Preview: England v Scotland

Fri, 10 Mar 2017 07:07
Large england v scotland with calcutta cup trophy 800

SIX NATIONS ROUND FOUR: rugby365's acclaimed writer Paul Dobson looks at the oldest contest in the game.

They will lift up their faces, open their mouths and sing with great gusto O Flower of Scotland.

And many who are not from above the Tweed will join in, not because they are traitors but because they enjoy the 20th-century song about a 13th-century battle, a rare victory for the Scots over the Sassenachs of the south.

Then it will be the Saxons' turn and they will sing with great concentration their 19th-century anthem to their 21st-century queen and Twickenham will join in.

Not long ago only one anthem would have been sung - God Save the Queen.

Then came that day in March 1988 when England came to Murrayfield for the Calcutta Cup match.

The only anthem was God Save the Queen, and many a Scottish voice was raised in rude disapproval. And so the Scots produced their own rugby song, composed by the Corries - O Flower of Scotland.

It is usually a great occasion, this the oldest rugby international, first played in 1871, and playing for the oldest rugby trophy in the world - the Calcutta Cup, first in contention in 1878.

There is a lot of history in the match and inevitably a lot of feeling, but over the years that feeling has been confined to actions within the laws and spirit of the game. And so it will be again this Saturday.

Scotland won that first match in 1871, but England leads the victory stakes 74-42, and at Twickenham history is even more emphatically in England's favour.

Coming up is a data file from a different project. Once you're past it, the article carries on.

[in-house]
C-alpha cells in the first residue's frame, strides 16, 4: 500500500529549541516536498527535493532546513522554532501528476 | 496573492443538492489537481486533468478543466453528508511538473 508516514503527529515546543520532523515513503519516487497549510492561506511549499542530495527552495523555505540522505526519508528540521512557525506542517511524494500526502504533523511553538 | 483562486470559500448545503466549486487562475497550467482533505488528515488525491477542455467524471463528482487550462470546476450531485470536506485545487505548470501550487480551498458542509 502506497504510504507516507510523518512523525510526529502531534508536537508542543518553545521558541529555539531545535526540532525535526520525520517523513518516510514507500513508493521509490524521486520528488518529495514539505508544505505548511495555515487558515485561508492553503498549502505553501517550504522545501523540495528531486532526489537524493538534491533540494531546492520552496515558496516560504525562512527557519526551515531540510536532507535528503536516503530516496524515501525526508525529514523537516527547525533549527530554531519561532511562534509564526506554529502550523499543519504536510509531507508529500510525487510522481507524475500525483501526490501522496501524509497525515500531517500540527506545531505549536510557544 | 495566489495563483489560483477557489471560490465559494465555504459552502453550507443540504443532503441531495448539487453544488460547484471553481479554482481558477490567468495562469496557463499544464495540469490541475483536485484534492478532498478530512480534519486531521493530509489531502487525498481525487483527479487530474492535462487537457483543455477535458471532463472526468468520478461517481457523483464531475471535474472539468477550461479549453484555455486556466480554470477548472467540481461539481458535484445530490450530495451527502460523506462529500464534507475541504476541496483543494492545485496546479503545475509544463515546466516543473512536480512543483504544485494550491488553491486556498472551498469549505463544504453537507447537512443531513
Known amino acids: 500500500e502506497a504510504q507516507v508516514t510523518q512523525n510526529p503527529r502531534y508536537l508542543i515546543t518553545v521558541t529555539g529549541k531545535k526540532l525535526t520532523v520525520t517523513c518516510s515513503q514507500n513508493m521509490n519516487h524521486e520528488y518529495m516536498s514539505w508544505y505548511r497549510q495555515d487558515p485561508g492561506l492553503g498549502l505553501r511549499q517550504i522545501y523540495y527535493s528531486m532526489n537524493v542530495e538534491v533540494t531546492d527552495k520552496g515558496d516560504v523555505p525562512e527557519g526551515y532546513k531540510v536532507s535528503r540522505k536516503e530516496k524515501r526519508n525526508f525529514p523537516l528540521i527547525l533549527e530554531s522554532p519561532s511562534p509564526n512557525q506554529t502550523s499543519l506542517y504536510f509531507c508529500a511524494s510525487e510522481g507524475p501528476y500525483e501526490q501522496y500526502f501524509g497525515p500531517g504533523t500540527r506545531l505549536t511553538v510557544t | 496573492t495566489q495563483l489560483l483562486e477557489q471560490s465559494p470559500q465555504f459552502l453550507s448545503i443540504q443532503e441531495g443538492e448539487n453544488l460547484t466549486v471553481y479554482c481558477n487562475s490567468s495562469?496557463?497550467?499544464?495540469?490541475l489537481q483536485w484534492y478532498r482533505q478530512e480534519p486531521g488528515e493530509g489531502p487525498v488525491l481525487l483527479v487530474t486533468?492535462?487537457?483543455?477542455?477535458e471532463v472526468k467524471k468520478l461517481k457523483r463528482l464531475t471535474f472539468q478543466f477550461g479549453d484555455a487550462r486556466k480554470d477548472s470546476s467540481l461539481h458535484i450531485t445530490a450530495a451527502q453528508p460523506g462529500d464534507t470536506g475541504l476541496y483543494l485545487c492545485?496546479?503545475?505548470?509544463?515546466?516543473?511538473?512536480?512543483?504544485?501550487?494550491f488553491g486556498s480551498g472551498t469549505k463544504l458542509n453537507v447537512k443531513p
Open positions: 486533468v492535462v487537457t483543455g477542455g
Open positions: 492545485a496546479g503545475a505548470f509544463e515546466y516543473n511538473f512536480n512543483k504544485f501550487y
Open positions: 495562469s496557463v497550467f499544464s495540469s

They have played there 47 times and Scotland have won just four times - in 1926, 1938, 1973 and 1983.

But that will surely not frighten the Scots. After all, their losing margin against Wales is 49-70, but they beat them 29-13 in the round before this.

The Scots must believe that they can win.

England know that they can win.

It is becoming a habit for them - 17 wins in 17 matches since October 2015.

Can the Scots win?

They have a strong pack of forwards, capable of producing usable first-phase ball. They also have loose forwards who are quick and rugged. They have a clever flyhalf, centres who can attack and defend and a back three who know their way to a tryline - fast and skilled players.

Can England win?

Of course. Their biggest weapon may be the players who sit down after the anthem. England look to have a much more impressive bench than Scotland.

Players to Watch

For England: Fullback Mike Brown will want to attack whenever he has a chance. Jack Nowell on the wing for England is a strong and elusive runner, a player with energy. Forwards do not catch the eye as backs do but there are line-out forwards that will stand out - Courtney Lawes and Joe Launchbury. And there is tall, handsome Maro Itoje, an iron fist in a velvet glove, for he can be as hard as anybody else when needed.

For Scotland: Fullback Stuart Hogg will want to attack whenever he has a chance. During the Six nations so far, Hogg would seem more effective than brave Brown. Given half a chance centre Huw Jones has the ability to change the course of a game. The Gray brothers are two of Scotland's most influential players.